However, the Q drops are structured so that ex-post the foreknowledge of the battle plan is indisputable. This is a little bit like how a one-way data structure such as a Bloom filter operates. We can demonstrate membership of the set of “foreknown events” without actually disclosing them. As such, those reading the drops may attempt to make predictions with a deadline, but this invariably leads to embarrassment. The broad direction may be certain, but the timing never is.
Furthermore, not all drops may be “activated” over time. Some may merely be options on specific branches of a strategic plan, to be used when needed. Indeed, some may be “data decoys” to push attention and action down paths that are unhelpful to the enemy, or to distract the public where operationally necessary and ethically justified.
The colloquial term “Q proof” is (mis)used to describe an item of evidence that the Q drops are the intentional result of operational activity by high-level military intelligence actors. Individually each one is plausibly deniable, yet none are a solo “slam dunk” absolute proof (hence the misnomer). Collectively they are compelling as proof beyond reasonable doubt; you would have to be a “coincidence theorist” to dismiss them all as accidents, given the extreme odds.
The “proofs” can be “unlikely flukes” of events in the real world foreshadowed in the drops; specific words known in advance (e.g. from a report that gets declassified later, or speech yet to be given), the timing of some events (such as mentioning relevant content on the same day of the year in advance), or pre-knowledge or some phraseology, character, or location.
The “Q proofs” are a specific case of “future proves past” aimed at establishing quasi-official provenance of the drops. The wider use of “future proves past” gives the public confidence that they are observing a process planned many years in advance, and therefore should act according to instruction and remain calm when everything covert explodes into collective view. So all “Q proofs” use the “future proves past” method, but not all uses of “future proves past” are “Q proofs”.
Date and time formats
Drops have date and time stamps, as well as containing references to dates and times. These time marks can be seen as having association with particular timelines or “branches of possible events”. The structure of the time in the Q drops is not linear, and is primarily geared to cyclical time formats. The dominant (but not only) one is the “Q clock”, which is a “modulo 60” way of associating days passed from the initial drop. The “think mirror” approach also applies, with “+30 modulo 60” being the “opposite” arm of the same drop group.
The time differences or “deltas” between events have (enormous!) significance, and could be marked in minutes, hours, days, months, or years. There are also “offsets” in play such as “2 days ahead of schedule”, as well as “minor” errors as “noise” introduced to avoid excessive predictability of future events. Multiple calendars are in play, and could also reference Gregorian, Julian, Chinese, Jewish, Ethiopian, or Orthodox calendar formats.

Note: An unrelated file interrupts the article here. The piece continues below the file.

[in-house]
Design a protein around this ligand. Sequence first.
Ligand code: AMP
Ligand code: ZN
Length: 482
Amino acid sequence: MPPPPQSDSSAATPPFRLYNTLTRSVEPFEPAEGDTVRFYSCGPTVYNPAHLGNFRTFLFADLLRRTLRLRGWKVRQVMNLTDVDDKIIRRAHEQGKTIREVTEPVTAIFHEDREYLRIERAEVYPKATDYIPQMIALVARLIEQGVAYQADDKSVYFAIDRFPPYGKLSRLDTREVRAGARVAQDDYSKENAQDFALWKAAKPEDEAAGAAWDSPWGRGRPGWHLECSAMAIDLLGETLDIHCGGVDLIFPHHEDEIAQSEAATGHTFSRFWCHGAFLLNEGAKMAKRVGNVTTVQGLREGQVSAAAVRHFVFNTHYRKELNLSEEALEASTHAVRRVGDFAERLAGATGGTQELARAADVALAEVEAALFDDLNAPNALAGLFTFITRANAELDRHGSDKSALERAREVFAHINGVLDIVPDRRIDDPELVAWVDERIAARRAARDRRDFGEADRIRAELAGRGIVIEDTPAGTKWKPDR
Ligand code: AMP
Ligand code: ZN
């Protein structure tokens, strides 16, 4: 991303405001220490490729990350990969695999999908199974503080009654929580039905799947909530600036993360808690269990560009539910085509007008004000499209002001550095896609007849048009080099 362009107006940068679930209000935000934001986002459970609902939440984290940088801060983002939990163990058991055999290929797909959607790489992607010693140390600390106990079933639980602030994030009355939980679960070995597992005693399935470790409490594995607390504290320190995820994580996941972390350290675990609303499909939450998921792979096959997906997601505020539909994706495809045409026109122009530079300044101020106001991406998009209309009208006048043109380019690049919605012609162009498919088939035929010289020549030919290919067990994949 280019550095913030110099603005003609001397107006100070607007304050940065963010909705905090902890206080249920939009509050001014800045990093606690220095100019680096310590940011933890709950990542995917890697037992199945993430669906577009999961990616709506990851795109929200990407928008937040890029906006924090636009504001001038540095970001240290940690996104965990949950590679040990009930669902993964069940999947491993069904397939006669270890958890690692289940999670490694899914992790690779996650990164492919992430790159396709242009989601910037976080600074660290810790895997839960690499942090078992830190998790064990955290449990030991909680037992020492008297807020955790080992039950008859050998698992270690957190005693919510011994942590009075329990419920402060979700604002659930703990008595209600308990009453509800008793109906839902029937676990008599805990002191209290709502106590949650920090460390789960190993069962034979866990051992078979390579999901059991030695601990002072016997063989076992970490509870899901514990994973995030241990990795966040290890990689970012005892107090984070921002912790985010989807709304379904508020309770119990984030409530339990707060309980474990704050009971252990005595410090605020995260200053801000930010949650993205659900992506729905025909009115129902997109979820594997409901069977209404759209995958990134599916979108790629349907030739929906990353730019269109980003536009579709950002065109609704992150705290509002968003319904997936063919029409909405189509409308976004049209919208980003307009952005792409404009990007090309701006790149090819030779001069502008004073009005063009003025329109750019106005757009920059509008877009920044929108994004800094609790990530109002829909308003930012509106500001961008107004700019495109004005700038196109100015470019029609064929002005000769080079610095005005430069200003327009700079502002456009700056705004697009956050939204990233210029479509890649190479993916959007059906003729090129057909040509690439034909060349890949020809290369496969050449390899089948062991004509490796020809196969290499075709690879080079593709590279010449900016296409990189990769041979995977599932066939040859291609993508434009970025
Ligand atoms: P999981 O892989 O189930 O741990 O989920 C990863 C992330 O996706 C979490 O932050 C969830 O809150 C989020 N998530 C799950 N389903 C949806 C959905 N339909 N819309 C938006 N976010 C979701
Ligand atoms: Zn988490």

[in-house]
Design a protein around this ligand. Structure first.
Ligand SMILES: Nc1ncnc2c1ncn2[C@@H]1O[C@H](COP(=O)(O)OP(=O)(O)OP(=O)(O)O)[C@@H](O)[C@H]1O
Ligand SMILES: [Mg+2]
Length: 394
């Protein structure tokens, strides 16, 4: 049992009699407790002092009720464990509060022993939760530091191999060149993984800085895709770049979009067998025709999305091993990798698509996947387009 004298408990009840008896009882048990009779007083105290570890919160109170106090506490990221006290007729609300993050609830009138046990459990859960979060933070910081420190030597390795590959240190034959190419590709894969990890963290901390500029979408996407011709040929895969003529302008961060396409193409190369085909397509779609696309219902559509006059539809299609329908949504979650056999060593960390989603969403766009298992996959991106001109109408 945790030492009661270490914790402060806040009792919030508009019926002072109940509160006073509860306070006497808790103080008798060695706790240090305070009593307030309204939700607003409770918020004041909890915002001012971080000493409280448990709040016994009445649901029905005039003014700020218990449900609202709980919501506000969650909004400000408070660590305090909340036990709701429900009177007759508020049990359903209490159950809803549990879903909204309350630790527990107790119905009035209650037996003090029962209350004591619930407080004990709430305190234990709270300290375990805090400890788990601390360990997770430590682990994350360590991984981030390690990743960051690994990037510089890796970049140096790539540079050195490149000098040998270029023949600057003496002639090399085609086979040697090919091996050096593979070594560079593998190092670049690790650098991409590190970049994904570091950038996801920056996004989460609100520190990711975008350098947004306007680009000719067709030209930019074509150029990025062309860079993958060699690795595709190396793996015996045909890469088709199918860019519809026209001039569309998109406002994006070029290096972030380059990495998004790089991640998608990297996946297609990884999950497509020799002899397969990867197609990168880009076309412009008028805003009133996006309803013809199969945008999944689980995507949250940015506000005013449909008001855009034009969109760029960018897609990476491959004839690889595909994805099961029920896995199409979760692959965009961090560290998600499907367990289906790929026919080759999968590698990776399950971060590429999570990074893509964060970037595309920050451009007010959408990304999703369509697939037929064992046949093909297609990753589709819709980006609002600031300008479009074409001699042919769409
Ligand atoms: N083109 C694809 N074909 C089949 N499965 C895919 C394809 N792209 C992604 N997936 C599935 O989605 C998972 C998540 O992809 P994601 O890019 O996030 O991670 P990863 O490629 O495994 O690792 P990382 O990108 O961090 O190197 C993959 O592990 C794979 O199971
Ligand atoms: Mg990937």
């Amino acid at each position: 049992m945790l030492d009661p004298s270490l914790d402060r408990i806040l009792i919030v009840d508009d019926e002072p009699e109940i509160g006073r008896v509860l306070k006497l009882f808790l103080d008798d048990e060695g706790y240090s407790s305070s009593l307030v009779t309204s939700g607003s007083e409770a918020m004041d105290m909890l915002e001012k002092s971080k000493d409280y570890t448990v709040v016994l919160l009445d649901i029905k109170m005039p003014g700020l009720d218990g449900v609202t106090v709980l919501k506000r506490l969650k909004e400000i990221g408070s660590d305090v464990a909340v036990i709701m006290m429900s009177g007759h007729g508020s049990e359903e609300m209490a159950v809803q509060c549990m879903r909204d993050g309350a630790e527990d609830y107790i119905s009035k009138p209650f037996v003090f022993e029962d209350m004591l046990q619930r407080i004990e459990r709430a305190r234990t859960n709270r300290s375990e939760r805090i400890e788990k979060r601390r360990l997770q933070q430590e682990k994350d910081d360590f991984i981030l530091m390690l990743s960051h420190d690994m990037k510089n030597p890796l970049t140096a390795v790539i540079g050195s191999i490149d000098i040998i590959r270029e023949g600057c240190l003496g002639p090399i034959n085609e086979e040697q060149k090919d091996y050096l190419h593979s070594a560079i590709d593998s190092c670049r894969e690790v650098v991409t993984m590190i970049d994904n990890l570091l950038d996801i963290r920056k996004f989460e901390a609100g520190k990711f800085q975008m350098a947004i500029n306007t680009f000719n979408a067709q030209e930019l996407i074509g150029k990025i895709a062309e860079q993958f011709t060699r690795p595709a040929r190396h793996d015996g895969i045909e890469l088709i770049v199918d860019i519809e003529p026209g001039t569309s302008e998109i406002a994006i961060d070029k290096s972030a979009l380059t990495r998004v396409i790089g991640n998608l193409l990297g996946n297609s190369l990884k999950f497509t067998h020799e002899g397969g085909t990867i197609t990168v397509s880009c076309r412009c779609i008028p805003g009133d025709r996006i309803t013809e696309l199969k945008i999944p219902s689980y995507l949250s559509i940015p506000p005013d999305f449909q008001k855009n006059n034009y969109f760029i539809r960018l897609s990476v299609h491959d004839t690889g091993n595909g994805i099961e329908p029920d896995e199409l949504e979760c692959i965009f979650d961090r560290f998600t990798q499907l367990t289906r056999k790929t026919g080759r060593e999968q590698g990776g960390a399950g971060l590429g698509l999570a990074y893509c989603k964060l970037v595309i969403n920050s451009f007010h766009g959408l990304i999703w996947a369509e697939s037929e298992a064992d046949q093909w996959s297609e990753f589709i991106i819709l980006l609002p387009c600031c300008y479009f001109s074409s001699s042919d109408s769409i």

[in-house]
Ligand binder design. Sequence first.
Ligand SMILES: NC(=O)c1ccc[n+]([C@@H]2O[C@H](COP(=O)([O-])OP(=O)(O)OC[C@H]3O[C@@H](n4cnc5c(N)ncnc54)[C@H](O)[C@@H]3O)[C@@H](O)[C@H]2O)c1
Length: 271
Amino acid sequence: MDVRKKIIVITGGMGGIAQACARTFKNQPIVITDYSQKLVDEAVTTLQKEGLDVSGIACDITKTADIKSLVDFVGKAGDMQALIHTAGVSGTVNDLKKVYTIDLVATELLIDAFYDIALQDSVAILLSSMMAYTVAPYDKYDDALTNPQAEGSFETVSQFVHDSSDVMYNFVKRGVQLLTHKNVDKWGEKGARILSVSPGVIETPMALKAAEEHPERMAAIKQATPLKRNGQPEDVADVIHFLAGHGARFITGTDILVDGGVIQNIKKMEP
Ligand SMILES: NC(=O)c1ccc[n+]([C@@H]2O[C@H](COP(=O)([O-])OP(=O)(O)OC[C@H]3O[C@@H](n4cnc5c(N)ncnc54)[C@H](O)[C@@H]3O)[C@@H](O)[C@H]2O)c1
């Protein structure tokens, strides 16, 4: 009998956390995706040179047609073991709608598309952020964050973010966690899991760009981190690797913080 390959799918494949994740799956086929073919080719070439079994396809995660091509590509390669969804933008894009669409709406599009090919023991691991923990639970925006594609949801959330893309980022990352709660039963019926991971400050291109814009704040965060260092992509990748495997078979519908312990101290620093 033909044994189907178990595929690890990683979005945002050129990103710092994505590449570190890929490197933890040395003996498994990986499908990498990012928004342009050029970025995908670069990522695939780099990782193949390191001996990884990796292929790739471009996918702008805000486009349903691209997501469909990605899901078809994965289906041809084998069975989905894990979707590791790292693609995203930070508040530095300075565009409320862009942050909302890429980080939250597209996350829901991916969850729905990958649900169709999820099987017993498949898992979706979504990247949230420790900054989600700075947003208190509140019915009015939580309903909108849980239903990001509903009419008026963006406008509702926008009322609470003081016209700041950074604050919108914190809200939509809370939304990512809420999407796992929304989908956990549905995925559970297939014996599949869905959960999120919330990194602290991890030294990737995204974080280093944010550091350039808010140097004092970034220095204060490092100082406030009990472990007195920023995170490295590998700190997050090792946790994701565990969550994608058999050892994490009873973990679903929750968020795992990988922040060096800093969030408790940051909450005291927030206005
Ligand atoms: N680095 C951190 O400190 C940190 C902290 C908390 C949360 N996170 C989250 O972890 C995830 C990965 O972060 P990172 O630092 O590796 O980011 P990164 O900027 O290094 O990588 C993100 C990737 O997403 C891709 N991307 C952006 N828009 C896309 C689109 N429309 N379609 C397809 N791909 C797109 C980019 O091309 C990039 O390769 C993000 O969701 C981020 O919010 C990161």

The data in the drops may only be interpreted after having been manipulated in some way. This includes:
- String concatenations and/or substrings
- Casts between data types, such as time of day (“12:03”) and drop ID (1203)
- Reversals (“think mirror”)
- Indirections via lookups
There may be visual allusions too, such a “\/” representing the letter “V”. The relationship between data elements may be “vibes closely with”, without perfect matches. Data (such as the drops themselves) may be in sequences, with adjacency being of significance.
There are many forms of reference in the drops to external sources. These include codings for:
- Specific characters, such as “45” for President Donald Trump
- Meaningful numerology (with 17 as ‘Q’ itself being a signifier for ‘victory’)
- Military comms (like 55 or 5:5 for “loud and clear”)
- Books, notably the Bible
- Movies and their plots
- Historic events and dates
- Posts to social media like Twitter, Truth Social, or Anonup
- Specific players in the war, such as “P” as the leader of the enemy
- Astrology and astronomy
- Occult references
Enemies are typically indicated by enclosing them in square brackets in the drops.
The subject of gematria deserves a whole article of its own. In short, any string can be hashed (via addition of the letters and their position in the alphabet) and compared to others that hash to the same value. External lookup tables with frequency data give us alternative “matching” semantics.
My hope is that this article gives you a sense of the richness of the Q drop structure and content. One can examine and evaluate the drops as historical objects without having to subscribe to any political ideology, or decide what the eventual goal of them might be. Given what is presented here, I think you will agree that this is unlikely to be the work of amateurs — and definitely not “some kid in a basement”.
I have been deliberately terse in my presentation here: I am lazy, and did a mathematics degree so I would never have to try manual labour again. “Real” research and review of all the drops is a little beyond my time and energy resources right now. Hence this is just a starting point, and deserves proper expansion by others and illustration with examples. I will not complain in the slightest if you “rip off” this work and use it to begin something better and more complete.
My real goal is to get over the idea that the Q drops have a purposeful information architecture, created by highly capable professionals. By giving it my own spin as a computer scientist, I hope you can locate the Q drops as both a work of notable competence, as well as a subject worthy of proper academic study in the fullness of time.
Please feel free to send me corrections, additions, and questions.